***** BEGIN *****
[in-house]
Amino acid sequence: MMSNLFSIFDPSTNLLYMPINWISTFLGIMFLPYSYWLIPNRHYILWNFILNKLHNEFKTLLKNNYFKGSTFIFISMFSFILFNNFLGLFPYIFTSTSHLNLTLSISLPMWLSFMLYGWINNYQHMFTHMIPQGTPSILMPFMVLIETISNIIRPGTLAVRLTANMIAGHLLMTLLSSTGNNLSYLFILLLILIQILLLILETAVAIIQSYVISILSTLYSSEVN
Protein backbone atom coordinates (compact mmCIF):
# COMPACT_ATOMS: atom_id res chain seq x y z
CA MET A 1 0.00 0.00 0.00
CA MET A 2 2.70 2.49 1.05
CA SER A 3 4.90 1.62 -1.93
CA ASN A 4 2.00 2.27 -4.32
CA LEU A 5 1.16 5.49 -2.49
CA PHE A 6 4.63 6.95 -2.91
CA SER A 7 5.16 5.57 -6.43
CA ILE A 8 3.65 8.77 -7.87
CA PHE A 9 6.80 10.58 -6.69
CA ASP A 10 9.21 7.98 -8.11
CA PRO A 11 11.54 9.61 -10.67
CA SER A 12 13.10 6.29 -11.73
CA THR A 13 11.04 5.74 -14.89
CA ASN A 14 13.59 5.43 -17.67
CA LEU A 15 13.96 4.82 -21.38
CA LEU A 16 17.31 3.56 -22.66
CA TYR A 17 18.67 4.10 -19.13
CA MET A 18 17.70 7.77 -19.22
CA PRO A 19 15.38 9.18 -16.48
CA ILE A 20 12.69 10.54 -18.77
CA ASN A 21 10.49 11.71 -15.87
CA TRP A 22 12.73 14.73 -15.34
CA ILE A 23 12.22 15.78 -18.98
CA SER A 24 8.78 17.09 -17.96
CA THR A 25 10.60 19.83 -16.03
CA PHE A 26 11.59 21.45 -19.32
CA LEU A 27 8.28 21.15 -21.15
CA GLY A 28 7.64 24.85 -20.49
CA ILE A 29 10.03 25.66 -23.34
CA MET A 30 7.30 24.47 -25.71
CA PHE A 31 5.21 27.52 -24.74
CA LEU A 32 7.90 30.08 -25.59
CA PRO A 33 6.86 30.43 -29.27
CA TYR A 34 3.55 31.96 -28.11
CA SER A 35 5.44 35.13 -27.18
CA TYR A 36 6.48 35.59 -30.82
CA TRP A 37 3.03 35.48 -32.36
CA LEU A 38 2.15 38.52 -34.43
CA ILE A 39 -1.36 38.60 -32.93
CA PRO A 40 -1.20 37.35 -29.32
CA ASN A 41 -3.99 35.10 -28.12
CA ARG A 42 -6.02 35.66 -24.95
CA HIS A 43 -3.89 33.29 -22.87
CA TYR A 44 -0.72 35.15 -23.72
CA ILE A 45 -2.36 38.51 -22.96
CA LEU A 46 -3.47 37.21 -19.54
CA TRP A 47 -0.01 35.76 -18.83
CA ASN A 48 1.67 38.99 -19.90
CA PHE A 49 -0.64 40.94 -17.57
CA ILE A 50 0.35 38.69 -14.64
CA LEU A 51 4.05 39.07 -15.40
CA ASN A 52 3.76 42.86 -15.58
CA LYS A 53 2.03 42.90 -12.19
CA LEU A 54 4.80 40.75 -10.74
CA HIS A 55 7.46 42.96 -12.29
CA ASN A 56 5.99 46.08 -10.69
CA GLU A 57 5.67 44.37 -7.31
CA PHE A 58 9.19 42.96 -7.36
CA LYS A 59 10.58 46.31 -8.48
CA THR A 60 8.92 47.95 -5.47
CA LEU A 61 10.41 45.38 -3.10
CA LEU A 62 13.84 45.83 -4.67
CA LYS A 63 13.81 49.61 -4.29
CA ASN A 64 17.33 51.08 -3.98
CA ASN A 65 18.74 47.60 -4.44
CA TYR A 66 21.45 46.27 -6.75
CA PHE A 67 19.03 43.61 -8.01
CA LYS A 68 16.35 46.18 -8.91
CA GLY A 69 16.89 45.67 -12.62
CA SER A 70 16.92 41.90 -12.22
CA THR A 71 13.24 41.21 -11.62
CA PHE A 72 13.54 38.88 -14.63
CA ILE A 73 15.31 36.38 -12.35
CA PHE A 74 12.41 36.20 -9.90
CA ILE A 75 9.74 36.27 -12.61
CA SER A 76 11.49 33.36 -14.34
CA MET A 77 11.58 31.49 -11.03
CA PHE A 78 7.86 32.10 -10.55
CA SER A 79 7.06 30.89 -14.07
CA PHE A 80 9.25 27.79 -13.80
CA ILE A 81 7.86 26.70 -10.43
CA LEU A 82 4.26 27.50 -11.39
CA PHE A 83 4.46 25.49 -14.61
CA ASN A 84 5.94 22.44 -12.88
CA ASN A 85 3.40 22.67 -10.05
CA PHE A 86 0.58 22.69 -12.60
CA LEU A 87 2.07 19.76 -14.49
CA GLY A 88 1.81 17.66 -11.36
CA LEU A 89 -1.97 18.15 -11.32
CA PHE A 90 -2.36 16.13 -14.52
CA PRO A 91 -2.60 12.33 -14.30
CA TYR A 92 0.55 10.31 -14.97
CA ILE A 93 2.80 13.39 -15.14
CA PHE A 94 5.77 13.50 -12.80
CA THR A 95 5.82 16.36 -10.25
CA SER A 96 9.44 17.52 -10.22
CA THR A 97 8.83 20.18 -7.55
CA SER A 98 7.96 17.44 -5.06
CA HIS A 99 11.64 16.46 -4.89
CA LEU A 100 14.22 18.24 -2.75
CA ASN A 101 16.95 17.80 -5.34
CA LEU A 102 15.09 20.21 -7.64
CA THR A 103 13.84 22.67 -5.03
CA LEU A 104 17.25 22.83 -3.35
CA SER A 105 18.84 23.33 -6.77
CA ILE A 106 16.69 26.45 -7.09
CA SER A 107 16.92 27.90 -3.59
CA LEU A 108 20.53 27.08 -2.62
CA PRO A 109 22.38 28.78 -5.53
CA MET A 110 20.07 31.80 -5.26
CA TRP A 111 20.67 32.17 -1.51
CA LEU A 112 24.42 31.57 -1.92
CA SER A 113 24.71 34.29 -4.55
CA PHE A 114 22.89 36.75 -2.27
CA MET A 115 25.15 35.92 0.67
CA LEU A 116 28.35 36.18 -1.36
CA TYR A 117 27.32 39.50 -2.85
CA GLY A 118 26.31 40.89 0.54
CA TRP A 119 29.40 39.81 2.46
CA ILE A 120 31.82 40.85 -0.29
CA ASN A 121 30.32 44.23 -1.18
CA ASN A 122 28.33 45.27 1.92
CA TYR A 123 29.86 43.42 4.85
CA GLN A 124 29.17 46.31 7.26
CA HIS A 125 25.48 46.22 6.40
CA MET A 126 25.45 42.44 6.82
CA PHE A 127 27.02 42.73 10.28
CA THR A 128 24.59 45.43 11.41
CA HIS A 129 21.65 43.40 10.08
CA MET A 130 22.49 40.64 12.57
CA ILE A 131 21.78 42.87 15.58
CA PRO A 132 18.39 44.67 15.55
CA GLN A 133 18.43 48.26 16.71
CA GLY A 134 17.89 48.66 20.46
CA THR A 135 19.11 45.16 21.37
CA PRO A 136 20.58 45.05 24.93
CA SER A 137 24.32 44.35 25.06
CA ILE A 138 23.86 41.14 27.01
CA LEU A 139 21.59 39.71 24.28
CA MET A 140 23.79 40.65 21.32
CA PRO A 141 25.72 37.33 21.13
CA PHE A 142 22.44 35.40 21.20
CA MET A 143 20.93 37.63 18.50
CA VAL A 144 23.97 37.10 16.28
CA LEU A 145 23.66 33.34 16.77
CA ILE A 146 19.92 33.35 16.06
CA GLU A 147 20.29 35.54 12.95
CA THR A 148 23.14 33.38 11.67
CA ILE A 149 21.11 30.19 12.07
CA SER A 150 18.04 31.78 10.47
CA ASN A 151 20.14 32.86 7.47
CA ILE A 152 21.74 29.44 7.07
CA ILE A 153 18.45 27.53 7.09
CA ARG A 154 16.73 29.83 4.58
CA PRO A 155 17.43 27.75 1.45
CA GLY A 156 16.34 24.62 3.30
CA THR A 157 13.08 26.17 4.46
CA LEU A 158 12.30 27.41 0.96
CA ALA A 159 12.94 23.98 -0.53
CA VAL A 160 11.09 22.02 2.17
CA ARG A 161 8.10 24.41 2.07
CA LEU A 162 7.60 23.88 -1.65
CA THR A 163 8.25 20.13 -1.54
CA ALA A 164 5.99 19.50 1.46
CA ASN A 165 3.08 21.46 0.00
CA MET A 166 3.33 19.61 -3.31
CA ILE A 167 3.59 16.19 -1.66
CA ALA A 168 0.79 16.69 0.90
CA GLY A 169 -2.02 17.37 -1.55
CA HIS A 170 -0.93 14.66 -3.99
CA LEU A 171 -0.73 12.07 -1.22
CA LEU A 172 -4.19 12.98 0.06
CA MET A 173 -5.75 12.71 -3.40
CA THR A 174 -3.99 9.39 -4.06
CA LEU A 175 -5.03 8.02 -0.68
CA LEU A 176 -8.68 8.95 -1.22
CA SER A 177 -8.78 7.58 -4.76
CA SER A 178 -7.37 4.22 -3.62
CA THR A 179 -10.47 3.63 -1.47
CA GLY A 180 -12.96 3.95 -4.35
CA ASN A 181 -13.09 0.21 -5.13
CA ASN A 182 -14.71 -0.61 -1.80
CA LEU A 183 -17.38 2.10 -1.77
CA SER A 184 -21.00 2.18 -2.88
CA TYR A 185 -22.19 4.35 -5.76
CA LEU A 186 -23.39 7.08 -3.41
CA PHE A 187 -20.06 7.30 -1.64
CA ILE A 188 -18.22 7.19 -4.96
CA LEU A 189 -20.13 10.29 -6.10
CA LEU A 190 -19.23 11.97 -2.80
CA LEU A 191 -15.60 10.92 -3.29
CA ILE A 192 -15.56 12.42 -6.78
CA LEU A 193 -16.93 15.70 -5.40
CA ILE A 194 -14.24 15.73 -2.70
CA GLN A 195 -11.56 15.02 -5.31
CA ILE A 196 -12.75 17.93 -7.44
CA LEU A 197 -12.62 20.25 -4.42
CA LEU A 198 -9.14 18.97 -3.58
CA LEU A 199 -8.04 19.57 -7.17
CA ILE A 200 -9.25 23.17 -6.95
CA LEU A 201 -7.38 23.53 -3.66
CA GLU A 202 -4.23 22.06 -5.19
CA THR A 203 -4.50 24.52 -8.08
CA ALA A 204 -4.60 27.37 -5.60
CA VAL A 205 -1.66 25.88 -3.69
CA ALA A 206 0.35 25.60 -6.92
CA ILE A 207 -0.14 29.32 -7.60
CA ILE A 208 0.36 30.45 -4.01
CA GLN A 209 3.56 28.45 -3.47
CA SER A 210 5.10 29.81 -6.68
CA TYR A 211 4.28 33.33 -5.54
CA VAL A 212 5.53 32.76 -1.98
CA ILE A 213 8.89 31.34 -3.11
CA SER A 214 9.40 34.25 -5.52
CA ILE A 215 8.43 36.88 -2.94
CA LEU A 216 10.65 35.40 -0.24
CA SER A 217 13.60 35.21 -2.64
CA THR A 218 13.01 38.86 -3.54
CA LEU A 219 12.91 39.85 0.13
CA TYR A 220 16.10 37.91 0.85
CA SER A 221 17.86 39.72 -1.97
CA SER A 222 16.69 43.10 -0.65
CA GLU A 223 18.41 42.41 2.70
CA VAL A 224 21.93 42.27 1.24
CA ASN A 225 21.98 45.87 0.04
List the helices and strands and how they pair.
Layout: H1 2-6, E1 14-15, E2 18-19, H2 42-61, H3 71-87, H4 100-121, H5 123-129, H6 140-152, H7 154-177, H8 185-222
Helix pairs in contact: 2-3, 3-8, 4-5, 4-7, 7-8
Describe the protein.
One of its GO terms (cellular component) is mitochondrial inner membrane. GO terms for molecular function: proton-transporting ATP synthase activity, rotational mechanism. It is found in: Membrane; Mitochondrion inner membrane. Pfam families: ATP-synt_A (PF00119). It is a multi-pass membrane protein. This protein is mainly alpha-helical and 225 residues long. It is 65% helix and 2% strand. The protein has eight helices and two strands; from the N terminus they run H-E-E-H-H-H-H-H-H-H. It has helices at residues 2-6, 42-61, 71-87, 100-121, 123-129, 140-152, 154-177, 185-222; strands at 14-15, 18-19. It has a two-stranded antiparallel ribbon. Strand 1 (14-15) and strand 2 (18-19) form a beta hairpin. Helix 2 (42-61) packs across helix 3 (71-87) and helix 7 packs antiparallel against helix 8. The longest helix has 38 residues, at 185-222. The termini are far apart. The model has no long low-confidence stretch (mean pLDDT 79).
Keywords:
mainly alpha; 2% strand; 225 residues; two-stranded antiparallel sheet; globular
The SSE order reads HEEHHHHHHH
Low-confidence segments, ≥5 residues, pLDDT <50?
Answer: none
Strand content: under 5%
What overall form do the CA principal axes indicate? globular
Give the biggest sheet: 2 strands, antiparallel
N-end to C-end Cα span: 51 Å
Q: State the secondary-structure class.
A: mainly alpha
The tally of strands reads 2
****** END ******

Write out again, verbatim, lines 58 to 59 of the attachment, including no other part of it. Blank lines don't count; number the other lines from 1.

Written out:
CA LEU A 54 4.80 40.75 -10.74
CA HIS A 55 7.46 42.96 -12.29